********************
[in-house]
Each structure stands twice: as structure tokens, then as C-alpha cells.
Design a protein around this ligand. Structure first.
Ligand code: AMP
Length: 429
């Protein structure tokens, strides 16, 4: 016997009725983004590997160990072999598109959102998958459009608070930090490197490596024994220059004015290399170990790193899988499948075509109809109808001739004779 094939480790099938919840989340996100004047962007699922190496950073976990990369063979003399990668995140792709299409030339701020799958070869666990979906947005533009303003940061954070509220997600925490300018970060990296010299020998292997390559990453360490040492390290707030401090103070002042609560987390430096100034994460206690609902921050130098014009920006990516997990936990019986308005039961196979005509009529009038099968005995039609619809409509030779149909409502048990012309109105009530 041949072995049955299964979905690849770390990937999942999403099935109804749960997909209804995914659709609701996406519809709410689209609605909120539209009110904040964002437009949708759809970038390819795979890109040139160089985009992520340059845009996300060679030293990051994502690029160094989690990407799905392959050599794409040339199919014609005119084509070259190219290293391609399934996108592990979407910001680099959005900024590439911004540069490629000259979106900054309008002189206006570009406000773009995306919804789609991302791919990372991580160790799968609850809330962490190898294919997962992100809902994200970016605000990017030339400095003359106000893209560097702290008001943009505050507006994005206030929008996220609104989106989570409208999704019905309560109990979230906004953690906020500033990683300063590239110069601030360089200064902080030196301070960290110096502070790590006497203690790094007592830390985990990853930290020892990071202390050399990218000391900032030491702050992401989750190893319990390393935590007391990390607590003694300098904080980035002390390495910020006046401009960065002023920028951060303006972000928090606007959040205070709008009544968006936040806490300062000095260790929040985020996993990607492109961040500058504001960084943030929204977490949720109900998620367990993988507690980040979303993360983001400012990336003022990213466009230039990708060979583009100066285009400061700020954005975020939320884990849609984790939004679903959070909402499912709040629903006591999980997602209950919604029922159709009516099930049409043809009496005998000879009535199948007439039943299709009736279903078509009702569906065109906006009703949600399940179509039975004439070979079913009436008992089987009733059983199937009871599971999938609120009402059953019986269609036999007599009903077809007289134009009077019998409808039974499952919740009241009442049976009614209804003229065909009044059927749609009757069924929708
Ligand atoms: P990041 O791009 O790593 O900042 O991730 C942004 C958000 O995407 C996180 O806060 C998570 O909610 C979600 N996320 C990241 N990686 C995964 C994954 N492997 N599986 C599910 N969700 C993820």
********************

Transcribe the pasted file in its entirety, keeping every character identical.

[in-house]
Each structure stands twice: as structure tokens, then as C-alpha cells.
Design a protein around this ligand. Structure first.
Ligand code: AMP
Length: 429
């Protein structure tokens, strides 16, 4: 016997009725983004590997160990072999598109959102998958459009608070930090490197490596024994220059004015290399170990790193899988499948075509109809109808001739004779 094939480790099938919840989340996100004047962007699922190496950073976990990369063979003399990668995140792709299409030339701020799958070869666990979906947005533009303003940061954070509220997600925490300018970060990296010299020998292997390559990453360490040492390290707030401090103070002042609560987390430096100034994460206690609902921050130098014009920006990516997990936990019986308005039961196979005509009529009038099968005995039609619809409509030779149909409502048990012309109105009530 041949072995049955299964979905690849770390990937999942999403099935109804749960997909209804995914659709609701996406519809709410689209609605909120539209009110904040964002437009949708759809970038390819795979890109040139160089985009992520340059845009996300060679030293990051994502690029160094989690990407799905392959050599794409040339199919014609005119084509070259190219290293391609399934996108592990979407910001680099959005900024590439911004540069490629000259979106900054309008002189206006570009406000773009995306919804789609991302791919990372991580160790799968609850809330962490190898294919997962992100809902994200970016605000990017030339400095003359106000893209560097702290008001943009505050507006994005206030929008996220609104989106989570409208999704019905309560109990979230906004953690906020500033990683300063590239110069601030360089200064902080030196301070960290110096502070790590006497203690790094007592830390985990990853930290020892990071202390050399990218000391900032030491702050992401989750190893319990390393935590007391990390607590003694300098904080980035002390390495910020006046401009960065002023920028951060303006972000928090606007959040205070709008009544968006936040806490300062000095260790929040985020996993990607492109961040500058504001960084943030929204977490949720109900998620367990993988507690980040979303993360983001400012990336003022990213466009230039990708060979583009100066285009400061700020954005975020939320884990849609984790939004679903959070909402499912709040629903006591999980997602209950919604029922159709009516099930049409043809009496005998000879009535199948007439039943299709009736279903078509009702569906065109906006009703949600399940179509039975004439070979079913009436008992089987009733059983199937009871599971999938609120009402059953019986269609036999007599009903077809007289134009009077019998409808039974499952919740009241009442049976009614209804003229065909009044059927749609009757069924929708
Ligand atoms: P990041 O791009 O790593 O900042 O991730 C942004 C958000 O995407 C996180 O806060 C998570 O909610 C979600 N996320 C990241 N990686 C995964 C994954 N492997 N599986 C599910 N969700 C993820």